And soon after, to the far north, along the coast of Alaska, dead whales began appearing, floating offshore. They ran the gamut: humpbacks, fin whales, gray whales, animals so decomposed that they couldn’t be identified; multiple adults and at least one calf. They showed up near Anchorage’s busy port and the remote rocky shores of the Alaska Peninsula, totaling 30 between May and August. Word of six more came from British Columbia down the coast.
Unfortunately, many of the whales were too far decomposed to test, or couldn’t be retrieved. The US National Oceanic and Atmospheric Administration (NOAA) said that the summer’s coast-wide HAB was likely involved in the whales’ deaths in Alaska, though the evidence simply wasn’t there to discover.
A year later, in May 2016, threads of evidence from throughout the Pacific would start to come together when a landmark paper was published on domoic acid in the region: NOAA researcher Kathi Lefebvre—a member of the team who first made the link between domoic acid and sea lion seizures in 1998—detected the toxin in the tissues of 13 species of marine mammal in Alaska, from sea otters to massive bowhead whales. She had known the algal cells could survive in the chilly north; yet this showed that they had established a significant foothold, one strong enough that it was detectable high up on the food chain.
In the late hours of one rainy February night, during the first 2016 expedition to the Golfo de Penas, Saoirse’s captain Keri-Lee Pashuk was woken by a thunk that echoed through the ship’s hull. She lay in the dark, listening as an eerie chorus of whistles and chirps resonated through the water around her.
Earlier that evening, Pashuk and the crew had watched a group of killer whales pursuing at least one living sei whale into the fjord where the science team was collecting samples from a young, dead whale. The killer whales were relentless, biting the sei whale and breaching to land on top of it. Peering from the beach through a gathering curtain of rain until darkness fell, the crew watched as the sei whale tried frantically to escape, even if that meant nearly beaching itself.
As she lay in the dark, Pashuk had a feeling that the ghostly sounds had something to do with the whales. She was right—when the team rose the next morning, they found a sei whale freshly dead on the beach.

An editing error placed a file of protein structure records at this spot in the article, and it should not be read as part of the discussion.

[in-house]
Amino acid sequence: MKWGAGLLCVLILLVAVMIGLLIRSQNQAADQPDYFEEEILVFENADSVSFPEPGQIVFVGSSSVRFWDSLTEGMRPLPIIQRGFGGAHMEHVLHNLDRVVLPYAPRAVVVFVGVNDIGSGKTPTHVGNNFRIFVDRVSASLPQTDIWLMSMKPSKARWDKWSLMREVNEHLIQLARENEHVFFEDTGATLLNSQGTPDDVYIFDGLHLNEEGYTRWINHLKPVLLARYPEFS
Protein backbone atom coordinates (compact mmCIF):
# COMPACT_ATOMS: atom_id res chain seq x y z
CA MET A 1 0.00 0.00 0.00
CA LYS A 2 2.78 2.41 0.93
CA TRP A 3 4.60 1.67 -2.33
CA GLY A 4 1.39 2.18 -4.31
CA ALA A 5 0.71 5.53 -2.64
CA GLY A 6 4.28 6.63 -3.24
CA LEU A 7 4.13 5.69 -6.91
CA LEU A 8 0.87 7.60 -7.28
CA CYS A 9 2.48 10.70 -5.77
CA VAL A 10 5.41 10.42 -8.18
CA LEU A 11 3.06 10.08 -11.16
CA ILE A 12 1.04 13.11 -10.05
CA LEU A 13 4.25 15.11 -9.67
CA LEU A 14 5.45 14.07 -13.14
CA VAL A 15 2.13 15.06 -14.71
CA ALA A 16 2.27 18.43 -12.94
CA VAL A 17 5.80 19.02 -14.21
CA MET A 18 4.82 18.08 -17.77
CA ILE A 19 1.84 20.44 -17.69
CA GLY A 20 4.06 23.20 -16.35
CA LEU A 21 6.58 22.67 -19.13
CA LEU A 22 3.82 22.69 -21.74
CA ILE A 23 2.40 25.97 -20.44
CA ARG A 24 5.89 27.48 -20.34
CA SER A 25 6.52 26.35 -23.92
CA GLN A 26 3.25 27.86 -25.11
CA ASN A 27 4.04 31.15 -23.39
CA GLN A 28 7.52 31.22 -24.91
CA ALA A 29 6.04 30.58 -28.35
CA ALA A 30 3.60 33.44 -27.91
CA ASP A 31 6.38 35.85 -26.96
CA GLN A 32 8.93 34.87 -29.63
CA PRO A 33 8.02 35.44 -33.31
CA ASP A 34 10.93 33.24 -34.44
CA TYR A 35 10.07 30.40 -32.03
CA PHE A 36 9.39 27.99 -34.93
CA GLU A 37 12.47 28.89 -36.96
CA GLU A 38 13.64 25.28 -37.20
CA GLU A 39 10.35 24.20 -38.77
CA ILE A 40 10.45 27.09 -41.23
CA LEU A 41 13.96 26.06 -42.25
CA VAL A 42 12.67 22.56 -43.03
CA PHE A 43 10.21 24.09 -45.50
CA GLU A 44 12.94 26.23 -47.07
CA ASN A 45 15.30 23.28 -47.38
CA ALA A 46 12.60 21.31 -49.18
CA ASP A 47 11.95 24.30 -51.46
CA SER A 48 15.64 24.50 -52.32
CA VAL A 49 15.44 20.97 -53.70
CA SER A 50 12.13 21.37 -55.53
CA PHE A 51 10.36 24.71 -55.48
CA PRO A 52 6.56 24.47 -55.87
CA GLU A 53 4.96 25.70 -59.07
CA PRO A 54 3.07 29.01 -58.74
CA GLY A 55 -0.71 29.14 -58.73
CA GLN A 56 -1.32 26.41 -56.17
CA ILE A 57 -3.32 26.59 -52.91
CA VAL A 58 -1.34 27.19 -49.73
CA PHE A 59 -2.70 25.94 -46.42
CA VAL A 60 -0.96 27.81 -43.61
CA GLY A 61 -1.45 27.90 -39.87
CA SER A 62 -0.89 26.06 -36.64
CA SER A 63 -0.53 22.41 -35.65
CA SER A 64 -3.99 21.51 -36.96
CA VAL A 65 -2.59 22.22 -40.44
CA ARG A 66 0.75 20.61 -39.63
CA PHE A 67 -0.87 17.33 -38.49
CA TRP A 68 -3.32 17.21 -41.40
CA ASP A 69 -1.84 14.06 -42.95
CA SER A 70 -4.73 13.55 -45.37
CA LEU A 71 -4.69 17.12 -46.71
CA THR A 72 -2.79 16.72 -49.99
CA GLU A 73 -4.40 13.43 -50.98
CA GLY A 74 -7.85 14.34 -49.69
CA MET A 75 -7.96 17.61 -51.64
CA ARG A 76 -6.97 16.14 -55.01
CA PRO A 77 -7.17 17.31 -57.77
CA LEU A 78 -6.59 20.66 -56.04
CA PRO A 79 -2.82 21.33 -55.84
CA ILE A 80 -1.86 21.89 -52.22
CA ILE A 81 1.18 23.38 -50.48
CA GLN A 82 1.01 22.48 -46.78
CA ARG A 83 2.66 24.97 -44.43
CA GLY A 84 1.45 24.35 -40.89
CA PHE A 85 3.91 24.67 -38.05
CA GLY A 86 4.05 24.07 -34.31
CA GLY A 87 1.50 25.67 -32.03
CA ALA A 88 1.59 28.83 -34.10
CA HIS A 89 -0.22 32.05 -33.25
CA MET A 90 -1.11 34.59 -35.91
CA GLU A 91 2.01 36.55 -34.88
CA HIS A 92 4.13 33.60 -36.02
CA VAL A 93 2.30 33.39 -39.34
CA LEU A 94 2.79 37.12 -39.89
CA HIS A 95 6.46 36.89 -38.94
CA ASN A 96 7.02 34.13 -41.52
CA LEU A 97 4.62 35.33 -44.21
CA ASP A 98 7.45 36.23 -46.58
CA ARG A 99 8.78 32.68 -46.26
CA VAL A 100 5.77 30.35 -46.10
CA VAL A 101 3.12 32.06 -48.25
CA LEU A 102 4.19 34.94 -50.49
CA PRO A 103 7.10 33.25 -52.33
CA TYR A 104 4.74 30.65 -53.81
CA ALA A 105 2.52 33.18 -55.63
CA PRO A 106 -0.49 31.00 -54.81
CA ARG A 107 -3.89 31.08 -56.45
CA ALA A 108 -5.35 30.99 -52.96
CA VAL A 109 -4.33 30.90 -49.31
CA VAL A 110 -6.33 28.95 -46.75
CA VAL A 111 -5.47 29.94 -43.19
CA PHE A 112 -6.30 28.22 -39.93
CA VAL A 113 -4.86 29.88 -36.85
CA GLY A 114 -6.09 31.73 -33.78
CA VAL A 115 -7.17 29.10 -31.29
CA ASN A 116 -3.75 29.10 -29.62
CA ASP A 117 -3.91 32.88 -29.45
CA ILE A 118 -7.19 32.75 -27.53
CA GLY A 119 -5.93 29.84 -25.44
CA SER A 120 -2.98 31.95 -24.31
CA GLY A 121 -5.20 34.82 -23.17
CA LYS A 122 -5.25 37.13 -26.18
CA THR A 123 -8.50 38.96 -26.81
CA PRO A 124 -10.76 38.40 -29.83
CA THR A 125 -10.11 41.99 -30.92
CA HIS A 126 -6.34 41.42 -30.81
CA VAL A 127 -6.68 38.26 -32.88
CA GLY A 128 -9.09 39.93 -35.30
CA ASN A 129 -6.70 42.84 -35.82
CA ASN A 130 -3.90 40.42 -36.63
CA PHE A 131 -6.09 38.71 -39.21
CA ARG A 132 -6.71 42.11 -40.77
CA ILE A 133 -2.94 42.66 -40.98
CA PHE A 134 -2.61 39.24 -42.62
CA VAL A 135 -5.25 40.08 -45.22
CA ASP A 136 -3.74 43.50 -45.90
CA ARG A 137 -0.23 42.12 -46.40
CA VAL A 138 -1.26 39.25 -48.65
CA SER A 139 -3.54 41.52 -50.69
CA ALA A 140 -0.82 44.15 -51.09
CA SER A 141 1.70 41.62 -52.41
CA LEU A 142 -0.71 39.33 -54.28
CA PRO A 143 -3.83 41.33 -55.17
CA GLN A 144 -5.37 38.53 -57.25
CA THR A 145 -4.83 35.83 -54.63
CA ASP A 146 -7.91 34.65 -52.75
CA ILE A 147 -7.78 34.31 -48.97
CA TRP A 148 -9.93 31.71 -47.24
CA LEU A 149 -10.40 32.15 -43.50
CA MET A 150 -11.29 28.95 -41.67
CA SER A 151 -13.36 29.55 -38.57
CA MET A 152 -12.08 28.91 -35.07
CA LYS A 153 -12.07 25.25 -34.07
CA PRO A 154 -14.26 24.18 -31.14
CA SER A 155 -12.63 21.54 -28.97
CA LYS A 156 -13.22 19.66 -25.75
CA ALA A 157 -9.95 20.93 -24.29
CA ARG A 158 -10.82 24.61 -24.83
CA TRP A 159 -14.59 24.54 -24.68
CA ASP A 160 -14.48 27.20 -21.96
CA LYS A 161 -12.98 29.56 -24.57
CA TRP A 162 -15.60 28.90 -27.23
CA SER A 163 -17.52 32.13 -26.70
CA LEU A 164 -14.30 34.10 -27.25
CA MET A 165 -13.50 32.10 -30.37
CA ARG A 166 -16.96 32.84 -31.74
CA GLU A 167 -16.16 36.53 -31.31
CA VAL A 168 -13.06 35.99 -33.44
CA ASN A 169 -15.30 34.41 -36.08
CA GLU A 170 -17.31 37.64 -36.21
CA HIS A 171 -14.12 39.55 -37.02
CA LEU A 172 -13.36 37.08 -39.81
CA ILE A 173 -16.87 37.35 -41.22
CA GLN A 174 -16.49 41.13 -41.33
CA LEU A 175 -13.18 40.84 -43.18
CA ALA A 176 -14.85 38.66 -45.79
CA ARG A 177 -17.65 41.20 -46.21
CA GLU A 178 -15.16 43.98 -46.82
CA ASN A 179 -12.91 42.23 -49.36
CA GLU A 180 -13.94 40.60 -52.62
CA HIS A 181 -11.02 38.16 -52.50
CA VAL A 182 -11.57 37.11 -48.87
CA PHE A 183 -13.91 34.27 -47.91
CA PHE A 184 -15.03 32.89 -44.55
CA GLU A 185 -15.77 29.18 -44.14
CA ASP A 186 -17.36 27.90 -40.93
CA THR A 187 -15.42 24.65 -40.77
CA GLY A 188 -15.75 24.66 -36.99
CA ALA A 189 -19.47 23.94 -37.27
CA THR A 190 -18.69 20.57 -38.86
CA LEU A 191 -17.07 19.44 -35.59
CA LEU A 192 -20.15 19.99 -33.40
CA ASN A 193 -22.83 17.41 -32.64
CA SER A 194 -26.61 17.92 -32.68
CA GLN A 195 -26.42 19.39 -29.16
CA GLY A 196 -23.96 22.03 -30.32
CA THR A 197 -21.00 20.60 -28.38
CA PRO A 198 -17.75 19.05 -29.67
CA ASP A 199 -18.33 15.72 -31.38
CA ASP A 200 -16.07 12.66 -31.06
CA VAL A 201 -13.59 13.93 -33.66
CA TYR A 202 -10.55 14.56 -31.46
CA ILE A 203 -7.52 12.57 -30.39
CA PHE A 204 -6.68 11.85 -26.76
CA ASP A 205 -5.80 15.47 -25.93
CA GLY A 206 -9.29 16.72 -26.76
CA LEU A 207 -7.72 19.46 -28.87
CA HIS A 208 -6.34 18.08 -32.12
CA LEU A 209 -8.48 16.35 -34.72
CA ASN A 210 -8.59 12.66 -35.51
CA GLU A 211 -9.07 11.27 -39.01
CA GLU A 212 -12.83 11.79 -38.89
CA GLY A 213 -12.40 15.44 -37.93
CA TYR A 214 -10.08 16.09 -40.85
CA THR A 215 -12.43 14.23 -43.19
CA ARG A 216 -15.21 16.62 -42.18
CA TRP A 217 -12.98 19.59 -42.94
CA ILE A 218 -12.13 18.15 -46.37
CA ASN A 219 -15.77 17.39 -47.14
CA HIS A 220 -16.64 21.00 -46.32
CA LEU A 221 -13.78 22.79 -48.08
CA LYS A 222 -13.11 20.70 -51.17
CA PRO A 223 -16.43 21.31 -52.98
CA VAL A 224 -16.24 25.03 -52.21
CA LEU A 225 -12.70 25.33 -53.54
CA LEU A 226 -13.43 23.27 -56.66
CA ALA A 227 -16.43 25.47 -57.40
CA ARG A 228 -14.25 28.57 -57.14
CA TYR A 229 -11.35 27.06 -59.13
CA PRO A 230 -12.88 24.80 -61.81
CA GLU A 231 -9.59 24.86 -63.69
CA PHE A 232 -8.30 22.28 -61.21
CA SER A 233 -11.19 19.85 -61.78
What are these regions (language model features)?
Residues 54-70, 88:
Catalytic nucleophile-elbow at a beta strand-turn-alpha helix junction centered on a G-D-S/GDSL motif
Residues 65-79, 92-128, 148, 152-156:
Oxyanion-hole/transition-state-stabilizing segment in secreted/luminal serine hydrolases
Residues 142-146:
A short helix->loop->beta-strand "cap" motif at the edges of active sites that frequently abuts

As that research trip wrapped in early March, the killer whale attack continued to disturb the crew. They couldn’t say for sure that the attack had anything to do with the stranding, or that killer whales were responsible for the other stranded whales they’d found—but then again, could they say that they hadn’t?
This is the problem investigators face with marine mammal strandings: so many factors are in constant interplay, and conclusions often come down to an elaborate process of elimination.
“It was a little bit like CSI, or an Agatha Christie novel,” says David Cassis, an expert in HABs and phytoplankton, who worked on the sei whale investigation, “where you have the body of the dead person in a room with a locked door, no murder weapon, and no suspects.”
Thanks to Gutstein’s expertise in taphonomy—which uses the condition of an animal to infer how it died—the scientists knew that 90 percent of the sei whales had died within a period of months, and they had died at sea: the whales were found lying on their backs or sides, indicating they had been floating, not swimming, when deposited on land.
Additionally, ocean current models suggest the bodies came from at least five different locations around the region, meaning that the killer must have been able to affect those individuals across a distance of hundreds of kilometers.
Faced with the evidence from their observations and research, the team labored to rule out several potential suspects. Underwater explosions, which can disorient whales and cause them to beach, were one possibility; but that would have left a mark on the whales’ inner ears, which the scientists had found no evidence of. Death by disease, though difficult to disprove, likely would have depleted the whales’ fat as they stopped feeding—but these whales were fat with blubber and had full stomachs at their time of death. And as shocking as the killer whale attacks had been, the researchers learned that most killer whales attack baleen whales to eat their tongues, the easiest organ to access. All of the sei whales they saw up close had tongues intact. Plus, it was near impossible for killer whales to have killed so many whales almost simultaneously.
That left only one plausible culprit—a killer alga. Two whales, as well as mussels sampled just after the initial 2015 Patagonia stranding, tested positive for both domoic acid and paralytic shellfish toxin (PST), which can cause muscle paralysis in mammals. Phytoplankton also tested positive for PST at the mouth of Seno Newman, a long fjord near the Golfo de Penas where 149 of the dead whales were found.
The team’s paper, published in May 2017, states it definitively: “Here, we show that the synchronous death of at least 343, primarily sei whales can be attributed to HABs during a building El Niño.”
HABs that persisted in Chile throughout the investigation carried out from the Saoirse have continued to support this theory, and buoy comparisons to the bloom seen in the northeast Pacific Ocean that was linked to sick sea lions and dead whales. In early February and March 2016, at the same time the scientific team was investigating the Golfo de Penas, a massive bloom was steamrolling northern Patagonia, killing at least 39 million salmon and shuttering shellfish harvests. Chile’s director of National Fisheries and Aquaculture attributed the blooms primarily to the warm waters of El Niño. In January 2017, yet another bloom around the Golfo de Penas killed around 170,000 salmon in farms there.